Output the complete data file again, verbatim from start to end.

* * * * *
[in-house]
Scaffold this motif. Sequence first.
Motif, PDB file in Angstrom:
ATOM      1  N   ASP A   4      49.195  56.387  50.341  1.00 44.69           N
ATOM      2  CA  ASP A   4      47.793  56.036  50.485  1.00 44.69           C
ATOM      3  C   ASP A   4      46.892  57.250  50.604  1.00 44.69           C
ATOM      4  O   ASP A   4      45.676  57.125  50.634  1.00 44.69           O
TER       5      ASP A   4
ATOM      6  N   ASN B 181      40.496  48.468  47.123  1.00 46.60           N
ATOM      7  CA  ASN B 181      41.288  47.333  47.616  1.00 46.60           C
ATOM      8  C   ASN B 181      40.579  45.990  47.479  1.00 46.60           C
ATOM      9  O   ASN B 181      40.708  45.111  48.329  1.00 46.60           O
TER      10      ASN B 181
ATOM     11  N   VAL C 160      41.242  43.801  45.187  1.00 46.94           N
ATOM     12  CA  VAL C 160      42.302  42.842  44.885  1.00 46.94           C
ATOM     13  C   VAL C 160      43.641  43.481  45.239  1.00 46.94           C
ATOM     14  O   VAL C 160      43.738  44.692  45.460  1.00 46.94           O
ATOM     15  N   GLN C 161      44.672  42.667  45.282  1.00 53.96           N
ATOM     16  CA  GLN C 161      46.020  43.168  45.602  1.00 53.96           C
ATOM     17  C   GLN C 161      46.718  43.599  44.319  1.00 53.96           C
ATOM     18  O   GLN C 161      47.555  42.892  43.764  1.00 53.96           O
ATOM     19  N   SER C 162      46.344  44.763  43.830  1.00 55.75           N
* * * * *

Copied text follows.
[in-house]
Scaffold this motif. Sequence first.
Motif, PDB file in Angstrom:
ATOM      1  N   ASP A   4      49.195  56.387  50.341  1.00 44.69           N
ATOM      2  CA  ASP A   4      47.793  56.036  50.485  1.00 44.69           C
ATOM      3  C   ASP A   4      46.892  57.250  50.604  1.00 44.69           C
ATOM      4  O   ASP A   4      45.676  57.125  50.634  1.00 44.69           O
TER       5      ASP A   4
ATOM      6  N   ASN B 181      40.496  48.468  47.123  1.00 46.60           N
ATOM      7  CA  ASN B 181      41.288  47.333  47.616  1.00 46.60           C
ATOM      8  C   ASN B 181      40.579  45.990  47.479  1.00 46.60           C
ATOM      9  O   ASN B 181      40.708  45.111  48.329  1.00 46.60           O
TER      10      ASN B 181
ATOM     11  N   VAL C 160      41.242  43.801  45.187  1.00 46.94           N
ATOM     12  CA  VAL C 160      42.302  42.842  44.885  1.00 46.94           C
ATOM     13  C   VAL C 160      43.641  43.481  45.239  1.00 46.94           C
ATOM     14  O   VAL C 160      43.738  44.692  45.460  1.00 46.94           O
ATOM     15  N   GLN C 161      44.672  42.667  45.282  1.00 53.96           N
ATOM     16  CA  GLN C 161      46.020  43.168  45.602  1.00 53.96           C
ATOM     17  C   GLN C 161      46.718  43.599  44.319  1.00 53.96           C
ATOM     18  O   GLN C 161      47.555  42.892  43.764  1.00 53.96           O
ATOM     19  N   SER C 162      46.344  44.763  43.830  1.00 55.75           N